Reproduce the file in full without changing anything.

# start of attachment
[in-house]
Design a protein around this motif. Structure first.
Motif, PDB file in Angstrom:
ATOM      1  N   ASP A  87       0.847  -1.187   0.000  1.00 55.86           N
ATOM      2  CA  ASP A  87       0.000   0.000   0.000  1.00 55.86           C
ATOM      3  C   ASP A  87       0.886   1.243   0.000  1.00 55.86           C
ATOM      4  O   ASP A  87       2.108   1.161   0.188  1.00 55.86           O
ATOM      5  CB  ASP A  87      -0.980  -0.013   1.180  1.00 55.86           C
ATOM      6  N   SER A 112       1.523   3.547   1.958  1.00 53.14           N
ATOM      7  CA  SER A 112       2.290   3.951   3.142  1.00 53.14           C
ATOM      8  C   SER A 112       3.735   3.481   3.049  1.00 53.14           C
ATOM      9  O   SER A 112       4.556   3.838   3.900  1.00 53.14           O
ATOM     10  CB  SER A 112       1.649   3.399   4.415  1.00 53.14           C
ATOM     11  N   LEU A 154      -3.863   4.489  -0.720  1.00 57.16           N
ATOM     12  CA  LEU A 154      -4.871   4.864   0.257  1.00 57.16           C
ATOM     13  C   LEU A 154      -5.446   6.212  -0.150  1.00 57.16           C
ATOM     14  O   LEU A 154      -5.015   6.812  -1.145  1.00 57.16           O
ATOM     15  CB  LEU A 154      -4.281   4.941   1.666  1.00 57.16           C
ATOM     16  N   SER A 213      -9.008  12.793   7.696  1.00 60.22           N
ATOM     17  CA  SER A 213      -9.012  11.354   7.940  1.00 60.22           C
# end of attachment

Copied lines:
[in-house]
Design a protein around this motif. Structure first.
Motif, PDB file in Angstrom:
ATOM      1  N   ASP A  87       0.847  -1.187   0.000  1.00 55.86           N
ATOM      2  CA  ASP A  87       0.000   0.000   0.000  1.00 55.86           C
ATOM      3  C   ASP A  87       0.886   1.243   0.000  1.00 55.86           C
ATOM      4  O   ASP A  87       2.108   1.161   0.188  1.00 55.86           O
ATOM      5  CB  ASP A  87      -0.980  -0.013   1.180  1.00 55.86           C
ATOM      6  N   SER A 112       1.523   3.547   1.958  1.00 53.14           N
ATOM      7  CA  SER A 112       2.290   3.951   3.142  1.00 53.14           C
ATOM      8  C   SER A 112       3.735   3.481   3.049  1.00 53.14           C
ATOM      9  O   SER A 112       4.556   3.838   3.900  1.00 53.14           O
ATOM     10  CB  SER A 112       1.649   3.399   4.415  1.00 53.14           C
ATOM     11  N   LEU A 154      -3.863   4.489  -0.720  1.00 57.16           N
ATOM     12  CA  LEU A 154      -4.871   4.864   0.257  1.00 57.16           C
ATOM     13  C   LEU A 154      -5.446   6.212  -0.150  1.00 57.16           C
ATOM     14  O   LEU A 154      -5.015   6.812  -1.145  1.00 57.16           O
ATOM     15  CB  LEU A 154      -4.281   4.941   1.666  1.00 57.16           C
ATOM     16  N   SER A 213      -9.008  12.793   7.696  1.00 60.22           N
ATOM     17  CA  SER A 213      -9.012  11.354   7.940  1.00 60.22           C